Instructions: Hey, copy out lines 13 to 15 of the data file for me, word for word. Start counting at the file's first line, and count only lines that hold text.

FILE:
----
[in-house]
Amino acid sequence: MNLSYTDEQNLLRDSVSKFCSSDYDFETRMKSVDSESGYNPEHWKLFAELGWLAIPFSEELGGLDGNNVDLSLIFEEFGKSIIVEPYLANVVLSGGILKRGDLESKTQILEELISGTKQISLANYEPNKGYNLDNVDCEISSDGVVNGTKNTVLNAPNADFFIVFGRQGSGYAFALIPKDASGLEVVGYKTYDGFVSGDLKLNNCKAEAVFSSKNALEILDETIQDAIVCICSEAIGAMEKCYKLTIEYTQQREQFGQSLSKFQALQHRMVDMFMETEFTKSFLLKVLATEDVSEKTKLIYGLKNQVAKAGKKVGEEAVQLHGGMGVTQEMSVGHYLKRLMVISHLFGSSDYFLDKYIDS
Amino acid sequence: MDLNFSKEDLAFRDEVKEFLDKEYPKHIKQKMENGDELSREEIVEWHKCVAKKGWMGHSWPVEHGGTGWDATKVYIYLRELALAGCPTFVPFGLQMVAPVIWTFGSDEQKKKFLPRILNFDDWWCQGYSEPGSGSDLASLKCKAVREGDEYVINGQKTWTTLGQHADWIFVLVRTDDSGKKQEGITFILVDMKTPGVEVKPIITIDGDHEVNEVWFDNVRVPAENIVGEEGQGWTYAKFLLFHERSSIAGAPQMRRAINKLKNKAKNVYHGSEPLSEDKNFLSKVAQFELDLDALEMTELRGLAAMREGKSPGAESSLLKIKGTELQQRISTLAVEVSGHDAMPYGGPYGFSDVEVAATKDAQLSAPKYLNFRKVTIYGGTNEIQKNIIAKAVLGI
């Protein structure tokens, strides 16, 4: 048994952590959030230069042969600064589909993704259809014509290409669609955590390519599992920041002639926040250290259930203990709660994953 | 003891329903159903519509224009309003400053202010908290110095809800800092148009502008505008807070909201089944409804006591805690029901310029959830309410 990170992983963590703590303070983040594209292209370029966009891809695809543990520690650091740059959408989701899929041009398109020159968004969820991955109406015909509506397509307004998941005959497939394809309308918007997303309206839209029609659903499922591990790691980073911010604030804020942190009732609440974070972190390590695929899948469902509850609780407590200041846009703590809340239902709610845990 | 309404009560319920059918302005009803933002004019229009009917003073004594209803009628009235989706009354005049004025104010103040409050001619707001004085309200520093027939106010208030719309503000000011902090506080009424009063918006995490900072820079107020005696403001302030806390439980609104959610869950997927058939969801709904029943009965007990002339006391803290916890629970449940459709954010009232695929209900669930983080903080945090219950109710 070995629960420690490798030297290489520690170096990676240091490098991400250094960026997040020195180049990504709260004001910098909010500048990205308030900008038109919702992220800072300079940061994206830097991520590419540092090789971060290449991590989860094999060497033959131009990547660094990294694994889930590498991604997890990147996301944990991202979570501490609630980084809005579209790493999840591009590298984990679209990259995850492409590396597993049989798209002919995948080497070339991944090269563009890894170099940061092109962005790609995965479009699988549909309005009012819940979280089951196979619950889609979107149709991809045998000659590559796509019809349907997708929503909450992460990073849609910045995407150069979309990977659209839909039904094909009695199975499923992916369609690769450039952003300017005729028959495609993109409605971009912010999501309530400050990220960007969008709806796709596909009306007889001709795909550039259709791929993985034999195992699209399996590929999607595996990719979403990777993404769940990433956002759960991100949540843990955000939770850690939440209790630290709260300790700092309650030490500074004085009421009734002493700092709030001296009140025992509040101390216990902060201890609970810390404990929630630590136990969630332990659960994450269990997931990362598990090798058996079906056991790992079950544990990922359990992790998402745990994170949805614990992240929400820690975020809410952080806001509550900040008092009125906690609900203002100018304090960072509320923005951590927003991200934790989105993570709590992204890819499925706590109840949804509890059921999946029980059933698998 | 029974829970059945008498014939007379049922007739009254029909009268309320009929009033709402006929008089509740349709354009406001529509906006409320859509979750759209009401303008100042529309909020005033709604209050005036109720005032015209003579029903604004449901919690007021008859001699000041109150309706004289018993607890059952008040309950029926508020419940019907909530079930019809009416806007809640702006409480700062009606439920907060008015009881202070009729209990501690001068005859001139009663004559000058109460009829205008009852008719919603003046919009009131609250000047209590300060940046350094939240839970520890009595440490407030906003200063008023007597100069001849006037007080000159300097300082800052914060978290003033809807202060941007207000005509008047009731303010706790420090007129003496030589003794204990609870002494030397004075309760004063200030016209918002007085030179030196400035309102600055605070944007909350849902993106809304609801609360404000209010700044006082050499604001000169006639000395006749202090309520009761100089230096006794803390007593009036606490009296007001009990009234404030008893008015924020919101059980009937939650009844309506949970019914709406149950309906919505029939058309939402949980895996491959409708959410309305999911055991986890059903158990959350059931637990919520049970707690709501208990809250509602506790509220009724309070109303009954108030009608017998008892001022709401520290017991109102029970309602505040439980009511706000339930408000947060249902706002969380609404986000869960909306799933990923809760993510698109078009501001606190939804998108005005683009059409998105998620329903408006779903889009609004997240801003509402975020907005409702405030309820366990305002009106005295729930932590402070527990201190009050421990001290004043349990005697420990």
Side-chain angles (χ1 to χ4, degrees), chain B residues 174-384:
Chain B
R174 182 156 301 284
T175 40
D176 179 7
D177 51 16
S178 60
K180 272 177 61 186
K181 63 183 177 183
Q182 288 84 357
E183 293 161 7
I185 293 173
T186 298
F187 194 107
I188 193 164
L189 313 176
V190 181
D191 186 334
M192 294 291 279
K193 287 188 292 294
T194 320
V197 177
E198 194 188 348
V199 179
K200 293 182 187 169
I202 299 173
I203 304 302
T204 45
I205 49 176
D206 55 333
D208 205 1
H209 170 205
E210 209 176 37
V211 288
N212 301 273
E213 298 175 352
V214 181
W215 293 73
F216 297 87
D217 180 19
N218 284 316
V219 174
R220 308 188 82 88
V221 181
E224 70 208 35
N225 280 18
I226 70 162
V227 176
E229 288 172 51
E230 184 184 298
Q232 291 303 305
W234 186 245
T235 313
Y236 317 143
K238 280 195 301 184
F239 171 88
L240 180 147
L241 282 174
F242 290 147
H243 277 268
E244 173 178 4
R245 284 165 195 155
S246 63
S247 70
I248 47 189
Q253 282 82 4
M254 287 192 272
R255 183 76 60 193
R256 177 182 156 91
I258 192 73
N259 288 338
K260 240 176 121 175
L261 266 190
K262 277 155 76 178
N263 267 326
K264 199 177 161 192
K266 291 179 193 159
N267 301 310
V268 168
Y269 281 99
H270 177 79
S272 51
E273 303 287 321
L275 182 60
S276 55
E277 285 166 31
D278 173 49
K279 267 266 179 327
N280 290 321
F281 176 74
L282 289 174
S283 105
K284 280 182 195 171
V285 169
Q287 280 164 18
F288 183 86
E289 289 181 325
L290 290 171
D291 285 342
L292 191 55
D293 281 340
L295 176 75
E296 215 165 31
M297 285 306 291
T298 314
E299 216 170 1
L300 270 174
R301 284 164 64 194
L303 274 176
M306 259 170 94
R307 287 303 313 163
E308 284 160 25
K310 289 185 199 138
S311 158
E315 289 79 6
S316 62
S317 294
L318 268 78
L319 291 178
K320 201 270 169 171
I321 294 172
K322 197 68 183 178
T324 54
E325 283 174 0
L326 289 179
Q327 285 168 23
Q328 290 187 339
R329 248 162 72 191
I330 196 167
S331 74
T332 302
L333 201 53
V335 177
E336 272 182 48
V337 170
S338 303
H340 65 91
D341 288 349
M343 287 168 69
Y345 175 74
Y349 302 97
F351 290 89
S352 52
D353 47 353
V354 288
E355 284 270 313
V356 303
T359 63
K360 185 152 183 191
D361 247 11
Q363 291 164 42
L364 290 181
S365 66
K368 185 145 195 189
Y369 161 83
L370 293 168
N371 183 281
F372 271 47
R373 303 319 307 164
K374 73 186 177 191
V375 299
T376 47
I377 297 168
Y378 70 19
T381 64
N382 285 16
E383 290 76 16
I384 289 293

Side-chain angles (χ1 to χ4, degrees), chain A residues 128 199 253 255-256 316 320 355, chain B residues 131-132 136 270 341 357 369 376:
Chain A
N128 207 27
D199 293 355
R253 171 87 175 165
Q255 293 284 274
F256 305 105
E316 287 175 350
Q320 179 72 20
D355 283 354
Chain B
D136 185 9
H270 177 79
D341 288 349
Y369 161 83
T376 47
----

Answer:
K181 63 183 177 183
Q182 288 84 357
E183 293 161 7